'As far as I personally was concerned, there came a point with the presentation of the so-called evidence, with the moment when Colin Powell sat down at the UN General Assembly and unveiled what he said was cast-iron evidence of things like mobile, biological weapon facilities and the like...
'When I saw all of that, I thought, well, "We know that Colin Powell is an intelligent, thoughtful man, and a sceptical man. If he believes all this to be the case, then, you know, he's seen the evidence; I haven't."’

In other words, BBC journalism ended where serious journalism, and simple common sense, begins.

How Can This Be ‘Self Defence'?
 
The role of BBC News as handmaiden to power is exemplified by its reporting on the latest series of brutal Israeli assaults on Gaza. On the first day of Operation Pillar of Cloud, thirteen people, including three children, were reportedly killed, and about 100 wounded. Israeli forces succeeded in their objective of ‘assassinating’ Hamas military chief Ahmed al-Jabari in a clear act of extrajudicial state execution.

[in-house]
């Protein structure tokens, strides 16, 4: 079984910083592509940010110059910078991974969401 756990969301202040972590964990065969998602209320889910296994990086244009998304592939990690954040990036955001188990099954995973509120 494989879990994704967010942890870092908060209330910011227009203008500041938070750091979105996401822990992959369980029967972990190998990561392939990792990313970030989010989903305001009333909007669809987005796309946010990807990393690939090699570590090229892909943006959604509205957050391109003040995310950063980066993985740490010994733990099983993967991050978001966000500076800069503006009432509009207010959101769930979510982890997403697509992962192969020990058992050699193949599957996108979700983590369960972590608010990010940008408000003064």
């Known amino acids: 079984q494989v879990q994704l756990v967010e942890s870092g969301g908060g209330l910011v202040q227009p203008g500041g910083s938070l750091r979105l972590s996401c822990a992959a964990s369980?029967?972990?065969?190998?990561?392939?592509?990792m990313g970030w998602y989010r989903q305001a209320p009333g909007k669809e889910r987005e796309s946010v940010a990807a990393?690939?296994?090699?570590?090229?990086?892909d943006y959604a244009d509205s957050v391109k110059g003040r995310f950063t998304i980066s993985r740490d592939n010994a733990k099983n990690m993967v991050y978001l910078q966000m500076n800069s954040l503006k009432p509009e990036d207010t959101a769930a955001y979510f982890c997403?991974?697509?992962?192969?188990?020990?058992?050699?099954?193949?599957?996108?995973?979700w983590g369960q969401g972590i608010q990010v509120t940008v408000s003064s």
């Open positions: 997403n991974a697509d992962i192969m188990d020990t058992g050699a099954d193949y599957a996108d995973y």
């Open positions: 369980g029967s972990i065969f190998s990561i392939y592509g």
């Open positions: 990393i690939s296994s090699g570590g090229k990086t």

On November 16, Israel was reported to have hit 150 sites in Gaza the previous night, with 450 strikes in total. And yet the main BBC headline that morning read: 'Egypt PM arrives for Gaza mission.' What would the BBC headline have been if 450 targets in Tel Aviv had been hit by F-16 bombs, drone missiles and artillery?
 
The Israeli attacks have routinely been reported as 'retaliation' for Palestinian ‘militant rocket attacks’ on southern Israel. In a study of news performance in 2001, the Glasgow Media Group noted that Israelis ‘were six times as likely to be presented as “retaliating” or in some way responding than were the Palestinians.’